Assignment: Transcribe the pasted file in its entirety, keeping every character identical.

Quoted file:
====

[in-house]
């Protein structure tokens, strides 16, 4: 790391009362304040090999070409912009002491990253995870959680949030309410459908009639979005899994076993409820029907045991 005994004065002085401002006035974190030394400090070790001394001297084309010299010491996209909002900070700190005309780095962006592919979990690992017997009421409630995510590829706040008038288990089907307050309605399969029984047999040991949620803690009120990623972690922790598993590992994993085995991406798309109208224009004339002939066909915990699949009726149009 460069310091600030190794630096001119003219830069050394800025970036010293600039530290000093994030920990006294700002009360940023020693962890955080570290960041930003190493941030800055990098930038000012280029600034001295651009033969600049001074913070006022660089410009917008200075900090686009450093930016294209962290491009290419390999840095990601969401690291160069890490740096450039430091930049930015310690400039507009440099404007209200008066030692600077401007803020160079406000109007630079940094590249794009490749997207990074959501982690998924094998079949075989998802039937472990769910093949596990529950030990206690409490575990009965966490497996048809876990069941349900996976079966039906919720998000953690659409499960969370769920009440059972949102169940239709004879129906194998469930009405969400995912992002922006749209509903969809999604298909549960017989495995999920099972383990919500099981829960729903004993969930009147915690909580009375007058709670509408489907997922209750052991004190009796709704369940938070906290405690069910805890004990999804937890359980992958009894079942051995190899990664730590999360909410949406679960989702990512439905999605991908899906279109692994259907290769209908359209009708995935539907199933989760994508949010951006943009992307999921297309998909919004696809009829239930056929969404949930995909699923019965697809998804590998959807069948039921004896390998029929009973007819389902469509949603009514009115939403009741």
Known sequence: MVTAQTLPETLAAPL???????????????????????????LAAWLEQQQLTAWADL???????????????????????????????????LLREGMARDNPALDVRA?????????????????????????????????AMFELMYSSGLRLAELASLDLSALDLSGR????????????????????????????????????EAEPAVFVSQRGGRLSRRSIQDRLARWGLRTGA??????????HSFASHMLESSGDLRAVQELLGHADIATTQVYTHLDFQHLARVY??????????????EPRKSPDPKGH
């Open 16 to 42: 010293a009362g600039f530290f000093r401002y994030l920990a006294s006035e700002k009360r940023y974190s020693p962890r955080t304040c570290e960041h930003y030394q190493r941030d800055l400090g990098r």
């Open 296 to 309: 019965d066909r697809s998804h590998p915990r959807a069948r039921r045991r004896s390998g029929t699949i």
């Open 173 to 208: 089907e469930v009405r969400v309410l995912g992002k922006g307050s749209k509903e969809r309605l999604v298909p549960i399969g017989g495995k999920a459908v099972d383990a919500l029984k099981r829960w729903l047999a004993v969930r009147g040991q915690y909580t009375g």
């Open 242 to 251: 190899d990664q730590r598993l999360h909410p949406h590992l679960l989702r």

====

[in-house]
């Protein structure tokens, strides 16, 4: 790391009362304040090999070409912009002491990253995870959680949030309410459908009639979005899994076993409820029907045991 005994004065002085401002006035974190030394400090070790001394001297084309010299010491996209909002900070700190005309780095962006592919979990690992017997009421409630995510590829706040008038288990089907307050309605399969029984047999040991949620803690009120990623972690922790598993590992994993085995991406798309109208224009004339002939066909915990699949009726149009 460069310091600030190794630096001119003219830069050394800025970036010293600039530290000093994030920990006294700002009360940023020693962890955080570290960041930003190493941030800055990098930038000012280029600034001295651009033969600049001074913070006022660089410009917008200075900090686009450093930016294209962290491009290419390999840095990601969401690291160069890490740096450039430091930049930015310690400039507009440099404007209200008066030692600077401007803020160079406000109007630079940094590249794009490749997207990074959501982690998924094998079949075989998802039937472990769910093949596990529950030990206690409490575990009965966490497996048809876990069941349900996976079966039906919720998000953690659409499960969370769920009440059972949102169940239709004879129906194998469930009405969400995912992002922006749209509903969809999604298909549960017989495995999920099972383990919500099981829960729903004993969930009147915690909580009375007058709670509408489907997922209750052991004190009796709704369940938070906290405690069910805890004990999804937890359980992958009894079942051995190899990664730590999360909410949406679960989702990512439905999605991908899906279109692994259907290769209908359209009708995935539907199933989760994508949010951006943009992307999921297309998909919004696809009829239930056929969404949930995909699923019965697809998804590998959807069948039921004896390998029929009973007819389902469509949603009514009115939403009741």
Known sequence: MVTAQTLPETLAAPL???????????????????????????LAAWLEQQQLTAWADL???????????????????????????????????LLREGMARDNPALDVRA?????????????????????????????????AMFELMYSSGLRLAELASLDLSALDLSGR????????????????????????????????????EAEPAVFVSQRGGRLSRRSIQDRLARWGLRTGA??????????HSFASHMLESSGDLRAVQELLGHADIATTQVYTHLDFQHLARVY??????????????EPRKSPDPKGH
């Open 16 to 42: 010293a009362g600039f530290f000093r401002y994030l920990a006294s006035e700002k009360r940023y974190s020693p962890r955080t304040c570290e960041h930003y030394q190493r941030d800055l400090g990098r």
């Open 296 to 309: 019965d066909r697809s998804h590998p915990r959807a069948r039921r045991r004896s390998g029929t699949i």
């Open 173 to 208: 089907e469930v009405r969400v309410l995912g992002k922006g307050s749209k509903e969809r309605l999604v298909p549960i399969g017989g495995k999920a459908v099972d383990a919500l029984k099981r829960w729903l047999a004993v969930r009147g040991q915690y909580t009375g």
């Open 242 to 251: 190899d990664q730590r598993l999360h909410p949406h590992l679960l989702r």